Emily Nussbaum has blogged in the New Yorker online about Breaking Bad and the comments she received from dedicated fans of the show were nearly as interesting as her posts. She described a phenomenon of “bad fans”, those who express such vehement opinions about the characters or plot elements that the show’s writers seemingly respond to them in subsequent episodes. I’d never heard of such a thing.
I admit to being a latecomer to this astonishingly great TV series, now approaching its final episode. And so I read with fanatical interest any and all commentary about the actors, the writer and director Vince Gilligan, the arc, etc., while I seek out others equally obsessed. I have a niece who has been with it from the beginning. I call her to chat about episodes I’ve recently watched on Netflix. Only now do I appreciate her prescience.
Nussbaum’s recent blog about “bad fans” opened my eyes to the fact that some who watch the show really hate Skylar, the wife of science teacher turned methamphetamine czar Walter White. Seriously? I didn’t believe it until I was at work yesterday and one of the women in the OR told me she couldn’t stand Skylar.
“Why?” I asked.
“Because she never supported Walt. And everything he did, he did for his family.”
While this was, indeed, part of the story line – that Walter White turned to cooking crystal meth in order to make money to leave to his family when he would surely die an early death following a diagnosis of lung cancer – the truth was that Walt also found his manhood as a drug kingpin; he found his inner strength, his steel, his voice. And he liked what he found in that moral morass. Though he continued to pay lip service to doing it all “for the family”, a lot of us viewers no longer bought it, especially as his family fractured and the risks grew coincident to his earnings. The local death toll simultaneously skyrocketed.
What I like about this show is that Walter White started out as an everyman. He was a pluripotent regular guy, underemployed and overeducated, what we see in so many middle-aged individuals today still reeling from the effects of a recession. But then Walter struck it big; it had to happen illegally. It wouldn’t have been as interesting had he won the Lottery. Less moral complexity ensues when the gains aren’t ill begotten.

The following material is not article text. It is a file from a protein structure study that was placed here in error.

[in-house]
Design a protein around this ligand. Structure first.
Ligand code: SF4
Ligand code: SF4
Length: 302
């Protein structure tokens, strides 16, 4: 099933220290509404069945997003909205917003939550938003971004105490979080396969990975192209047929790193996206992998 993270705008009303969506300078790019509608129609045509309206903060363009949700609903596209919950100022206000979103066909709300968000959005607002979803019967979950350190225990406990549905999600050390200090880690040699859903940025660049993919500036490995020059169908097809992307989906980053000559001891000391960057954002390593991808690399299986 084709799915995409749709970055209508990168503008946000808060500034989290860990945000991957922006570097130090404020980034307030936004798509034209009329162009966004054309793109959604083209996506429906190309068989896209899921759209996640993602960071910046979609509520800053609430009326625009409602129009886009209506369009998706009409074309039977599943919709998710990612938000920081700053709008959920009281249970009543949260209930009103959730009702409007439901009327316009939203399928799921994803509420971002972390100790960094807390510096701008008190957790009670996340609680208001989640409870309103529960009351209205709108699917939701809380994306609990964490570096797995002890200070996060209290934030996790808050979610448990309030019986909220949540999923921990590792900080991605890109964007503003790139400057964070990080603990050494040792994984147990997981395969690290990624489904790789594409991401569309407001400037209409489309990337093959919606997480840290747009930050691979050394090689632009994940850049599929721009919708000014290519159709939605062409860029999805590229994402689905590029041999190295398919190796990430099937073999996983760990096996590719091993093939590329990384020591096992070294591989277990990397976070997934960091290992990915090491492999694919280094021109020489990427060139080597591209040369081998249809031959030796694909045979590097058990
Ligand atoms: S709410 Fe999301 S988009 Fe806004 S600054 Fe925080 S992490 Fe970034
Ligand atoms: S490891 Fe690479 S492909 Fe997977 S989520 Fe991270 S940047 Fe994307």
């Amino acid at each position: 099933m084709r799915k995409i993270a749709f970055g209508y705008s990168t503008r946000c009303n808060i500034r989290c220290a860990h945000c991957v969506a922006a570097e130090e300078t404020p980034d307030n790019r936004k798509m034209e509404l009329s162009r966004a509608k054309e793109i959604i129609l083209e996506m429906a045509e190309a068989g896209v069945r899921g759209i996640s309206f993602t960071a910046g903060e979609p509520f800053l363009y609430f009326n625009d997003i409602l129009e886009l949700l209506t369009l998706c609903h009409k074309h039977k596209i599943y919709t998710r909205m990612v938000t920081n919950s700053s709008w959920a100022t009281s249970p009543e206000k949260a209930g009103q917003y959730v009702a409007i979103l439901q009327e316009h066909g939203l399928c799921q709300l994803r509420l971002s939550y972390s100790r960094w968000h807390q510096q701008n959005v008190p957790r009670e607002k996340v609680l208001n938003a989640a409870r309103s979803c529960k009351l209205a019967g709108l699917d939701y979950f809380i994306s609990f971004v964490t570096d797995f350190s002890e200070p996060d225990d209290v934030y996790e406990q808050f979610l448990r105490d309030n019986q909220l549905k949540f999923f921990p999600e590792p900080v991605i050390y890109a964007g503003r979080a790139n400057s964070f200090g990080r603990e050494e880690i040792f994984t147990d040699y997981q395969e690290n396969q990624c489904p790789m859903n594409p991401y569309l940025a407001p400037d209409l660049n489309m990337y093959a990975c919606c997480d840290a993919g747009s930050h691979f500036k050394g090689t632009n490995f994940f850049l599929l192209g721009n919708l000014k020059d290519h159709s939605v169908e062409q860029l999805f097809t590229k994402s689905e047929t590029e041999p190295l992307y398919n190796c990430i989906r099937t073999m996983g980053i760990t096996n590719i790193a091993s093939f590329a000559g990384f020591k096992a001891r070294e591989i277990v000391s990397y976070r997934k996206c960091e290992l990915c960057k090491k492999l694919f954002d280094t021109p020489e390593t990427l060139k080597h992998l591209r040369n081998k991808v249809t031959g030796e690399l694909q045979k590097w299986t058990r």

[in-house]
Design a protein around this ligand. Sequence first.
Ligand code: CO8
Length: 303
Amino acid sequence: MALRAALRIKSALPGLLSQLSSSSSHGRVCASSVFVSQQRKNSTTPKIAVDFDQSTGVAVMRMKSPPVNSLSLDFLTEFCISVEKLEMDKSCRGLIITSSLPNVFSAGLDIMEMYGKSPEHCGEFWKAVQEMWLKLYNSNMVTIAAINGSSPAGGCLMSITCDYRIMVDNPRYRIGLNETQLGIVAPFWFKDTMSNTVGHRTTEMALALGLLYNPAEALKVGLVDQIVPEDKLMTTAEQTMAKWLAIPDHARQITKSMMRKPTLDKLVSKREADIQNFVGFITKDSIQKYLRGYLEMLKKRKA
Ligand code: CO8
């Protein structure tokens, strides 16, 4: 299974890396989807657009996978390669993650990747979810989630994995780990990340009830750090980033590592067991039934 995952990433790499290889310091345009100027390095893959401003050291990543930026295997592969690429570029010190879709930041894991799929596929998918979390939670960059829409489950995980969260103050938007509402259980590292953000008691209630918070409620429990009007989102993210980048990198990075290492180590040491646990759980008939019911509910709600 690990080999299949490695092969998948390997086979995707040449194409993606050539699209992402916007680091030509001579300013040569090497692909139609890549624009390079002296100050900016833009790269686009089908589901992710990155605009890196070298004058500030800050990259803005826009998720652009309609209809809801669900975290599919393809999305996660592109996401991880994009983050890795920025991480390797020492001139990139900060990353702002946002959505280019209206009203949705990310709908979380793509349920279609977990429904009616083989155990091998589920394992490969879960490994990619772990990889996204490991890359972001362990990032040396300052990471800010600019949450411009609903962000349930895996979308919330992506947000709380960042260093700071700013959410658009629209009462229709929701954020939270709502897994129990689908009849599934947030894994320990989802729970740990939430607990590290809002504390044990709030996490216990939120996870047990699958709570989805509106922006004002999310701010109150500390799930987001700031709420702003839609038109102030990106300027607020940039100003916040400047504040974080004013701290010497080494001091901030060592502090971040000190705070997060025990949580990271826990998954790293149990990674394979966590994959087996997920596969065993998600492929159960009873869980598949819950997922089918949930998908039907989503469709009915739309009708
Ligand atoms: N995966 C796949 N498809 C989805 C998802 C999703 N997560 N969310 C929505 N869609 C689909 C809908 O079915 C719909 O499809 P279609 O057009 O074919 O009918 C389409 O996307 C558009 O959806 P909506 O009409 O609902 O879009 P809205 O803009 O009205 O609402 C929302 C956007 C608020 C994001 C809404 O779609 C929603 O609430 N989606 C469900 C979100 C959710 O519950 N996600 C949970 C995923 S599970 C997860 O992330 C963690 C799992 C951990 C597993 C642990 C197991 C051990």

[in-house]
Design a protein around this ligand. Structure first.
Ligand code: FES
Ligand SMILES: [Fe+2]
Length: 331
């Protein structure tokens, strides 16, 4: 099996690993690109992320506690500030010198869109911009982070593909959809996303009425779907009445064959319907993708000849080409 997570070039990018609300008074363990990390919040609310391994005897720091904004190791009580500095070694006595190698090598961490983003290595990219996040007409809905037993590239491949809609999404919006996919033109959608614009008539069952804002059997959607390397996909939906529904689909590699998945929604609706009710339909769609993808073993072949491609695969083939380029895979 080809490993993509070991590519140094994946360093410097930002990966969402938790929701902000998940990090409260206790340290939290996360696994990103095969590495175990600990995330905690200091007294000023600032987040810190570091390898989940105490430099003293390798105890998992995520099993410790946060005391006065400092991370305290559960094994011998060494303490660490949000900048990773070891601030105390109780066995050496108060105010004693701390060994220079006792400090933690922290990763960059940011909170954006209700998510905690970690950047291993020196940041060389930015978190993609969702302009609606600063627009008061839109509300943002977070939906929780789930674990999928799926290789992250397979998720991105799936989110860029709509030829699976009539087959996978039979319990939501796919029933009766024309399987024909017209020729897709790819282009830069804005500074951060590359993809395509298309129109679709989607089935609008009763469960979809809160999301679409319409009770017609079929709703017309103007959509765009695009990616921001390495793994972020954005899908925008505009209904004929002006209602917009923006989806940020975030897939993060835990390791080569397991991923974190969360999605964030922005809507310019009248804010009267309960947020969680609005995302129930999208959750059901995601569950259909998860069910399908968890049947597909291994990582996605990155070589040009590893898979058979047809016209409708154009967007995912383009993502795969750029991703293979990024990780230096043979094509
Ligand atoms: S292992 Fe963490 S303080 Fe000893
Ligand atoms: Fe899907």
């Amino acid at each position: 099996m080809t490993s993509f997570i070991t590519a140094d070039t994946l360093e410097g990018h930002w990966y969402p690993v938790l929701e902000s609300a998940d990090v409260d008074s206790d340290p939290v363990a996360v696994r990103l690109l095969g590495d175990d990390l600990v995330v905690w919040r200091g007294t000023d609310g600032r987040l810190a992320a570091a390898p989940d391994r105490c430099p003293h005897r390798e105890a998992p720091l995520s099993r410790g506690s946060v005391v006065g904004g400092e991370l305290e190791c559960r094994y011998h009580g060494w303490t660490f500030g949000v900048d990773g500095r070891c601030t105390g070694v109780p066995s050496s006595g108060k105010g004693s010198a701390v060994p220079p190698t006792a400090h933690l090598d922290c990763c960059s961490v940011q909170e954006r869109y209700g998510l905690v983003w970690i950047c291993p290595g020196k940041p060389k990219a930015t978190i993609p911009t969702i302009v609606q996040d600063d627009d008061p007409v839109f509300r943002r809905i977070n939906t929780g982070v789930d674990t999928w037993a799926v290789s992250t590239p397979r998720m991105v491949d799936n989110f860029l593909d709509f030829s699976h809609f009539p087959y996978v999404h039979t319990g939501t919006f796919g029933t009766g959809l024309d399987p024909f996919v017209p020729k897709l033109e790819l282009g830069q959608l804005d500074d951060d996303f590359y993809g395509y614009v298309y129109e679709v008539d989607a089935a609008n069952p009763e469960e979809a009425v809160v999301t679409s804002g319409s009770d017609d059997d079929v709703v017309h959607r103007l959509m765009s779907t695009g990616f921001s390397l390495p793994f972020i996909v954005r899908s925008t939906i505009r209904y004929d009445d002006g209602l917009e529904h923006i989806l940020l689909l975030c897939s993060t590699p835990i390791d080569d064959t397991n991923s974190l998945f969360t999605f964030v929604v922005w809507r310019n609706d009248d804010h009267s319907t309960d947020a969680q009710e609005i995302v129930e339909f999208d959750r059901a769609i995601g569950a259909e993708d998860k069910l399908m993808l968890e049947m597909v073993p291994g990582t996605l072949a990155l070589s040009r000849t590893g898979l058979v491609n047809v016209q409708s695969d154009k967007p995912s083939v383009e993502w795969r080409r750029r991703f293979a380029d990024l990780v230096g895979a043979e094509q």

So the question becomes this: how do we take the measure of a man? In this case, Walter had more than his share of bad luck but managed to creatively exploit his native intelligence and provide for his family. And by this question I do not mean “man” in a gender-specific way, but rather as any individual over the course of a lifetime. Do we measure a person by his accomplishments alone? Complex people may do great things for society and yet treat individuals poorly. We see that every day. Or do we measure him by his character, regardless of his contributions? How do we measure that character?
The Pope recently asked the question: Who am I to judge? Easy for him. The rest of us stay glued to our TV’s and laptops and show decidedly less restraint. We judge others freely and often; the less we know of them the better.
Taking someone’s measure is the quandary at the heart of Breaking Bad. And seeing how people change over time, how circumstances have the ability to change all of us. It’s why the country has been riveted, dealing with their opinions about Walt and Skylar. Seemingly clear ethical boundaries blur as we imagine ourselves in similar shoes; easy money, and lots of it, just yours for the taking, by doing what you love to do, while providing for the people who depend on you. Rationalizations run rampant. The show turns everything upside down, inside and out.
I, for one, will miss my fix of Walt and Skylar, Jesse and Hank. It isn’t often that life’s dilemmas are translated so beautifully, so elegantly, onto the small screen. I count myself among the many fans – both good and bad – who have been captivated.